A cellphone records footage of a city scene

Credit: Nurefşan KOŞAR via Pexels

Hopkins engineers create a tool to curate more nuanced news footage

When the roof of the Notre Dame Cathedral in Paris burst into flames in April 2019, dozens of bystanders pulled out their phones to capture the terrible scene, then uploaded the video footage to social media sites. 

That's often the case with breaking news events: Smartphones, not news trucks, are first on the scene. But those videos are usually seen without much context unless they're incorporated into professional broadcast news footage, and they can be difficult to find later. The opportunity for comprehensive retelling of how an event unfolded could be squandered.

"Maybe a person wants to write an article about a shooting that happened. They could start searching for anything that had been written about it. But this could help them search for any video that's been uploaded on this event in order to find additional information."
Ben Van Durme
Department of Computer Science

Johns Hopkins researchers want to make raw, on-the-scene video more meaningful by providing more depth and perspective. A team of cognitive and computer scientists from the Whiting School of Engineering has created MultiVENT—short for Multilingual Videos of Events with aligned Natural Text—a dataset that contains nearly 2,400 videos related to 260 news events. 

Notably, MultiVENT uses artificial intelligence to make it possible to find videos based on images or audio within that video rather than metadata.

Another key component is that it pairs citizen videos with professional footage and then provides links to corresponding Wikipedia pages, thus providing a more nuanced and accurate depiction of each news event. Rather than watching a single TikTok video of the Notre Dame fire, for example, the user could witness the blaze progress over time and from a variety of perspectives.

Uncurated videos are increasingly seen as an important part of news coverage, particularly since they reflect unfiltered eyewitness perspectives, says Ben Van Durme, an associate professor of computer science in the Whiting School of Engineering.

"There are a number of potential motivations for creating this dataset," he says. "But one thing that I'm particularly interested in is developing technology that will enable citizen journalism. Maybe a person wants to write an article about a shooting that happened. They could start searching for anything that had been written about it. But this could help them search for any video that's been uploaded on this event in order to find additional information."

Another member of the MultiVENT team, Kate Sanders, a PhD student at the Center for Language and Speech Processing, points out that professional news organizations provide coverage of only a small percentage of events. Ideally, MultiVENT can be a model for providing easier access to firsthand evidence of incidents that otherwise might not be reported.

"Local organizations and community activists could become better informed and aware of events happening in their communities that are captured on social media," she says. "And that could help them produce higher quality news reports with fewer resources."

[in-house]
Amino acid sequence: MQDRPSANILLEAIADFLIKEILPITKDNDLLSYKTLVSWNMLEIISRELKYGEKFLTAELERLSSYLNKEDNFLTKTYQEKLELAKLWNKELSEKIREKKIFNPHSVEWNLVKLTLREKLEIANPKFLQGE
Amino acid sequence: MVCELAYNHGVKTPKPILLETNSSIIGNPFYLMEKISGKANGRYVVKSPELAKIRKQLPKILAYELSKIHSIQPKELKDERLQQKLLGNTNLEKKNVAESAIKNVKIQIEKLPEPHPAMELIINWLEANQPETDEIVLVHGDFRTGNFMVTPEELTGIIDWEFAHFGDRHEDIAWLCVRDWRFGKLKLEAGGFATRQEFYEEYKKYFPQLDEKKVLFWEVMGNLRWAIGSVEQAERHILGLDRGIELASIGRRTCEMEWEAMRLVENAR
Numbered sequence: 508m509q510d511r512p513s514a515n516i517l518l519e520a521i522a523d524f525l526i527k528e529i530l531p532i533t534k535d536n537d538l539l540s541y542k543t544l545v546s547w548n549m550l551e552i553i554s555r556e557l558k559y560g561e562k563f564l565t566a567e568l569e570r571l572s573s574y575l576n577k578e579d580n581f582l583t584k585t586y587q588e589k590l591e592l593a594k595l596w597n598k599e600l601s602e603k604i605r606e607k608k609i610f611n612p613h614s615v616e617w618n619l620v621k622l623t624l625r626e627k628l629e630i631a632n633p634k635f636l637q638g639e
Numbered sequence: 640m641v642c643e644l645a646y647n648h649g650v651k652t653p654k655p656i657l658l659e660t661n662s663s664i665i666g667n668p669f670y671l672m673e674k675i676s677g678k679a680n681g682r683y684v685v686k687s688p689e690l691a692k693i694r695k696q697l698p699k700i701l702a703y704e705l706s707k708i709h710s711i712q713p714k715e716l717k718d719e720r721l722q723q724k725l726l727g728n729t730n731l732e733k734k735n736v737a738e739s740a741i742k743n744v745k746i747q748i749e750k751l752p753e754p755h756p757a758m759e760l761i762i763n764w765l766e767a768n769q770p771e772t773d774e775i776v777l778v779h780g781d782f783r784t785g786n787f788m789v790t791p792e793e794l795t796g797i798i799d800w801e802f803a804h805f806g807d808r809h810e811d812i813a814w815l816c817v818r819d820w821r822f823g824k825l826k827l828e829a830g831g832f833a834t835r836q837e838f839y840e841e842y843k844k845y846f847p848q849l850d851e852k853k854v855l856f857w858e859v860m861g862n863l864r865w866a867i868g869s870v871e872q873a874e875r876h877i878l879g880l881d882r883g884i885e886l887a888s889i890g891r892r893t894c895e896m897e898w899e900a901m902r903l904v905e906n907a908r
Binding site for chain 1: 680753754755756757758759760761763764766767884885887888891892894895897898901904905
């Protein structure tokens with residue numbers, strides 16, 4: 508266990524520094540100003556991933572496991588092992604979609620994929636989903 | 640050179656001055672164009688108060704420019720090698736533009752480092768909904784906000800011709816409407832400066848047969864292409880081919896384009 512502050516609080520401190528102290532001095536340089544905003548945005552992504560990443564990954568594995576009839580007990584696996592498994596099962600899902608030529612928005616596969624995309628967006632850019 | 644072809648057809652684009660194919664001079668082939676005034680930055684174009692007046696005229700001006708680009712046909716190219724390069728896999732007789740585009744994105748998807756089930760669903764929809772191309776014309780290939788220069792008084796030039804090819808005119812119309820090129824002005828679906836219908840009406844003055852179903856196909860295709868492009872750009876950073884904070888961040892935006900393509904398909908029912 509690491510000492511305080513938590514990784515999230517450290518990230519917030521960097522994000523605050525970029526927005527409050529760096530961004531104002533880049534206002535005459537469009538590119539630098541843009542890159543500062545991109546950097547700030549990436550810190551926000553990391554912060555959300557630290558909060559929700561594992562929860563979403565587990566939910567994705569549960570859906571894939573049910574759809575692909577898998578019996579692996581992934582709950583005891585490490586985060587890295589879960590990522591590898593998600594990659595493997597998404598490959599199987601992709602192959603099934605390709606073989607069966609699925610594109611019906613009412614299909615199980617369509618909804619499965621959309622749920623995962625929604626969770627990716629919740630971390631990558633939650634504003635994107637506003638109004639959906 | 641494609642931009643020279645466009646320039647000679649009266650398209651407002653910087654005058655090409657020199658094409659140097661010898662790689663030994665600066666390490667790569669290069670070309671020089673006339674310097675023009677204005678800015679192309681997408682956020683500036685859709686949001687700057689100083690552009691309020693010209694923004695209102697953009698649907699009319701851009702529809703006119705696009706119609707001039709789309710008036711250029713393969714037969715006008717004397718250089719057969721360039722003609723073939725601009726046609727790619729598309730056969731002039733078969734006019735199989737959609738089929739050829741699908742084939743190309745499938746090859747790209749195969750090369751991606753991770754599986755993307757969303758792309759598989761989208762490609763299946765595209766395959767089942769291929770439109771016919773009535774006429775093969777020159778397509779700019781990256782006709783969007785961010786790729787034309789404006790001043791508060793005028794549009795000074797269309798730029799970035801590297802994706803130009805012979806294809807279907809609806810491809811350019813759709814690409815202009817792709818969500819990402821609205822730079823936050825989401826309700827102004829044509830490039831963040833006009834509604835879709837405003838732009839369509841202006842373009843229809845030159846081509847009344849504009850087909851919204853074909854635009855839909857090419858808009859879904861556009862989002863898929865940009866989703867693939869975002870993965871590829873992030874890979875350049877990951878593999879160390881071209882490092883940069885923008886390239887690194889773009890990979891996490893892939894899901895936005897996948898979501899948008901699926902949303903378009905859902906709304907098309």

Another distinctive characteristic of MultiVENT is that it is multilingual, making it possible to retrieve videos recorded with narration in one of five languages: Arabic, Chinese, English, Korean, and Russian. That, Van Durme notes, could significantly reduce the cultural bias that could occur, for instance, with a street video shot in South Korea being described by an English-speaking newscaster.

"This could be a case of a Korean person speaking into their cellphone about an event in a video as compared to something that's filtered through people in a different culture," he says. "It means being able to allow citizens of the world to access information in as raw a form as possible, and have artificial intelligence assist them in getting unfiltered views of what's really happening in the world."

Making raw footage more accessible and contextual is a step forward in elevating its value as a storytelling asset, Sanders says.

"Most research in this field focuses on the more nicely curated videos because we can retrieve more information from them," she says. "That may be true, but a really interesting takeaway from the Notre Dame story is that it's often not the first content to come out from these events. It's useful to develop systems that can work with less curated videos."

Sanders notes that MultiVENT will be a core component of a Human Language Technology Center of Excellence workshop at Johns Hopkins this summer. Research scientists, faculty members, and students will explore how to refine the tool's video retrieval capabilities. For instance, words or sounds included in the audio of a clip could be incorporated into the search results. The focus will be on using artificial intelligence models to find ways to improve access to the different types of content within the dataset. That aligns with the team's priority of expanding how videos in MultiVENT can be searched rather than adding more clips to the tool.

One possible refinement would be to make individual frames of a video searchable. "It would not just be, Could you find a video of a protest?" Van Durme explains. "It would be, Could you find the particular frames of the video where there's someone filling the role of law enforcement, as well as someone filling the role of protester?"